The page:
This being a "non-recipe" means that it's a general guideline/technique which you can adapt to many other types of proteins and marinates, as long as the protein of your choice has a good ratio of fat and is suitable for roasting. For example, instead of beef short ribs, you can use beef tongues, pork belly, or pork butt/shoulder, or fattier cuts of lamb. Marinate them however you see fit, and cook them and the tortilla the same way according to the instruction.

Ingredients

    SHORT RIBS AND MARINATE:
  • 3.5 lbs (1.5 kg) bone-in beef short ribs
  • 1 cup dry red wine
  • 1 small onion, roughly cut
  • 7 cloves of garlic
  • 3" (7.5 cm) rosemary sprig
  • 2 fresh bay leaves
  • 4 tbsp kosher salt
  • 1 tbsp fish sauce
  • 1/2 tbsp light brown sugar
  • 2 tsp pickling spice, or black peppercorns if unavailable
  • 5 tbsp Dijon mustard
  • 1 1/2 tsp pickled green peppercorns, drained and finely crushed
  • MEAT DRIPPING FLOUR TORTILLA:
  • 2 cups (250 grams) all-purpose flour
  • 4 tbsp (56 grams) fat from the dripping
  • 1 tsp light brown sugar
  • 3/4 tsp kosher salt
  • 1/2 cup + 2 tbsp (150 grams) warm water at 120 F/50 C

Instructions

  1. YOU NEED TO START ONE OR TWO DAYS BEFORE SERVING: When choosing short ribs, pick parts that has a good fat-slab covering the top surface. In a blender, blend red wine, onion, garlics, rosemary sprigs, bay leaves, kosher salt, fish sauce, light brown sugar and pickling spice (or black peppercorns) until smooth. Place the short ribs in a heavy-duty zip-lock bag and pour the marinate inside. Seal the bag, squeezing out as much air inside as possible, and give it a gentle, even rub. Place on a tray and inside the fridge for at least 12 or up to 24 hours.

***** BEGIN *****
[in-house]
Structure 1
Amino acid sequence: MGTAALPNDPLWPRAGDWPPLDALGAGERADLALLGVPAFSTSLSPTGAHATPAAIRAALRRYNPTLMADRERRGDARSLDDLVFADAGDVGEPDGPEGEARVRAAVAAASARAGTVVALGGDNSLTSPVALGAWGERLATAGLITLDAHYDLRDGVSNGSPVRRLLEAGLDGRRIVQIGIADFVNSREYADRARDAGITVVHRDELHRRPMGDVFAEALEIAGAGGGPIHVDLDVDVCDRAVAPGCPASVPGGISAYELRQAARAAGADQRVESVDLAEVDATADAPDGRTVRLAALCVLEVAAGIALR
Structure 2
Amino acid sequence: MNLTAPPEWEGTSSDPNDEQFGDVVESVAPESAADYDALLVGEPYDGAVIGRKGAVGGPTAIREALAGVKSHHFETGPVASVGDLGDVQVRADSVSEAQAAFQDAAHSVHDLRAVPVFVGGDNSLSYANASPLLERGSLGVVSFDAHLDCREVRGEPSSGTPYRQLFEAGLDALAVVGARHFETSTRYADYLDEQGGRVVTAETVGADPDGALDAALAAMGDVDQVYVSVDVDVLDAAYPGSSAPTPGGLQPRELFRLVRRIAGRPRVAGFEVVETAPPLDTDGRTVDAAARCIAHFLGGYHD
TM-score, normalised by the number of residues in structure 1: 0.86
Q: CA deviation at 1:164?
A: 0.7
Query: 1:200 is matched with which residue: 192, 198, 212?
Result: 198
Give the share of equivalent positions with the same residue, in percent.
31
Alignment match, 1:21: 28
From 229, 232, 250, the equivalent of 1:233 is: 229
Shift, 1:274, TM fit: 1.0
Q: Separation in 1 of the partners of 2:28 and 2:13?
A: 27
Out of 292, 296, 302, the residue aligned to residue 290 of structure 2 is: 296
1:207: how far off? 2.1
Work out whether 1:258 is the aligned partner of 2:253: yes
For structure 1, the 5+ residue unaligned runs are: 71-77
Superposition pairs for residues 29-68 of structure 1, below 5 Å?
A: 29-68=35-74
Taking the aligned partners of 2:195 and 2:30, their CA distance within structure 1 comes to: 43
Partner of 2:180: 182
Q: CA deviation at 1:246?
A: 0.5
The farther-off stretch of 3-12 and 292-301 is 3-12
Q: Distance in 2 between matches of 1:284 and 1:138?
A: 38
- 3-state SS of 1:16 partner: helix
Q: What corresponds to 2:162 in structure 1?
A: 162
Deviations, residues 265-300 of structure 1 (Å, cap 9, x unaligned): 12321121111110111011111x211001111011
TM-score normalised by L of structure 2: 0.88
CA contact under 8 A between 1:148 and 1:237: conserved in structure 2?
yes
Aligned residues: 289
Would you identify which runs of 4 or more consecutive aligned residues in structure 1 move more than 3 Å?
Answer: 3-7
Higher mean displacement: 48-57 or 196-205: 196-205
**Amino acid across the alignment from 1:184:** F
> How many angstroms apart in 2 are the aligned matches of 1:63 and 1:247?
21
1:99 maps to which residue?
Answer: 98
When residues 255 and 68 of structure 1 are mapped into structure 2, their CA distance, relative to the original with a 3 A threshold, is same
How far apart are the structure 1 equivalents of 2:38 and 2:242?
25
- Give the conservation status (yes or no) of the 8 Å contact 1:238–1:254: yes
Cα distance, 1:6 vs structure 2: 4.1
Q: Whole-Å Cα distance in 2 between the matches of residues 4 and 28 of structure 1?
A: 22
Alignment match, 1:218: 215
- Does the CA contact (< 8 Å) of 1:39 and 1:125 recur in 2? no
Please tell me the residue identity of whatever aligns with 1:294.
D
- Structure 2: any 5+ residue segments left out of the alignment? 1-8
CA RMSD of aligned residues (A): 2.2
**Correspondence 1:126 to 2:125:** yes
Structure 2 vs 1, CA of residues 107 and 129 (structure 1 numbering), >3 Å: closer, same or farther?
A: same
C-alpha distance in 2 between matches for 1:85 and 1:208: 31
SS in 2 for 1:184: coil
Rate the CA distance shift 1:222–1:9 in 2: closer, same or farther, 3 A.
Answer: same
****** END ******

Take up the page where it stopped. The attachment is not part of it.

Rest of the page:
2. THE NIGHT BEFORE SERVING: One hour before you go to bed, preheat the oven on 215 F/100 C. Remove the short ribs from the marinate and wipe off any excess liquid all around. Place them on large sheets of triple-layered aluminum foil and rub 3 tbsp of Dijon mustard evenly on the entire surface. Bring the foil upward and tightly wrap the short ribs inside, then place on a baking sheet on the middle rack inside the oven, and slow-roast for 8 hours. This is when you go to sleep and completely forget about it.
  3. THE DAY OF SERVING: In the morning, take the baking sheet out of the oven, do not remove the foil, and just leave the whole thing at room-temperature.